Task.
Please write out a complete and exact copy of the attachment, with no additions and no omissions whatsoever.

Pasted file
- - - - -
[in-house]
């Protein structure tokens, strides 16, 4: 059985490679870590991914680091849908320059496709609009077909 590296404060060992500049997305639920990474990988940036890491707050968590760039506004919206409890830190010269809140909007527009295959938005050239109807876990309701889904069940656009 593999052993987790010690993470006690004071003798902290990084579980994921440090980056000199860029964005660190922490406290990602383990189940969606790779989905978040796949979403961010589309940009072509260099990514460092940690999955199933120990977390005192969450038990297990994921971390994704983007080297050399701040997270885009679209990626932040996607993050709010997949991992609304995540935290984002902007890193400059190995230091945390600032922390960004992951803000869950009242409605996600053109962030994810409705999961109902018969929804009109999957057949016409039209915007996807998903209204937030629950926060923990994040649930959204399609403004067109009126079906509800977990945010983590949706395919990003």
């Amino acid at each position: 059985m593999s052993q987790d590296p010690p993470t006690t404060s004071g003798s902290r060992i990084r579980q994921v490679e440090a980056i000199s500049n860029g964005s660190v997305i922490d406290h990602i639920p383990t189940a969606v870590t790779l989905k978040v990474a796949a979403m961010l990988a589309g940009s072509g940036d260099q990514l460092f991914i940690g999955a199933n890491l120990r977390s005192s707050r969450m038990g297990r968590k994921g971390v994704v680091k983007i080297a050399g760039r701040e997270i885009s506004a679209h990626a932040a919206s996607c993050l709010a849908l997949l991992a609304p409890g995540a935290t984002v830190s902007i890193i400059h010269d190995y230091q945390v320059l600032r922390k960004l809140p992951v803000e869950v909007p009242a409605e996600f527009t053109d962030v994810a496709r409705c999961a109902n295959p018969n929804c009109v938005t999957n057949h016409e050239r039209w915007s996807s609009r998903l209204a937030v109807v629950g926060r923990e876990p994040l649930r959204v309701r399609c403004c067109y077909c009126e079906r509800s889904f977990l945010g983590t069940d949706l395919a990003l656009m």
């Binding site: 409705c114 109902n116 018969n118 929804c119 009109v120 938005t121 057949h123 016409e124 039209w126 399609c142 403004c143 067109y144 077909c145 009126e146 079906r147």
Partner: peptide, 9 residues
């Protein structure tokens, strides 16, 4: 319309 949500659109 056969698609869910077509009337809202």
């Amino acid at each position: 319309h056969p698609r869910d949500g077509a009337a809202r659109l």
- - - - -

[in-house]
């Protein structure tokens, strides 16, 4: 059985490679870590991914680091849908320059496709609009077909 590296404060060992500049997305639920990474990988940036890491707050968590760039506004919206409890830190010269809140909007527009295959938005050239109807876990309701889904069940656009 593999052993987790010690993470006690004071003798902290990084579980994921440090980056000199860029964005660190922490406290990602383990189940969606790779989905978040796949979403961010589309940009072509260099990514460092940690999955199933120990977390005192969450038990297990994921971390994704983007080297050399701040997270885009679209990626932040996607993050709010997949991992609304995540935290984002902007890193400059190995230091945390600032922390960004992951803000869950009242409605996600053109962030994810409705999961109902018969929804009109999957057949016409039209915007996807998903209204937030629950926060923990994040649930959204399609403004067109009126079906509800977990945010983590949706395919990003």
């Amino acid at each position: 059985m593999s052993q987790d590296p010690p993470t006690t404060s004071g003798s902290r060992i990084r579980q994921v490679e440090a980056i000199s500049n860029g964005s660190v997305i922490d406290h990602i639920p383990t189940a969606v870590t790779l989905k978040v990474a796949a979403m961010l990988a589309g940009s072509g940036d260099q990514l460092f991914i940690g999955a199933n890491l120990r977390s005192s707050r969450m038990g297990r968590k994921g971390v994704v680091k983007i080297a050399g760039r701040e997270i885009s506004a679209h990626a932040a919206s996607c993050l709010a849908l997949l991992a609304p409890g995540a935290t984002v830190s902007i890193i400059h010269d190995y230091q945390v320059l600032r922390k960004l809140p992951v803000e869950v909007p009242a409605e996600f527009t053109d962030v994810a496709r409705c999961a109902n295959p018969n929804c009109v938005t999957n057949h016409e050239r039209w915007s996807s609009r998903l209204a937030v109807v629950g926060r923990e876990p994040l649930r959204v309701r399609c403004c067109y077909c009126e079906r509800s889904f977990l945010g983590t069940d949706l395919a990003l656009m």
């Binding site: 409705c114 109902n116 018969n118 929804c119 009109v120 938005t121 057949h123 016409e124 039209w126 399609c142 403004c143 067109y144 077909c145 009126e146 079906r147």
Partner: peptide, 9 residues
């Protein structure tokens, strides 16, 4: 319309 949500659109 056969698609869910077509009337809202």
């Amino acid at each position: 319309h056969p698609r869910d949500g077509a009337a809202r659109l």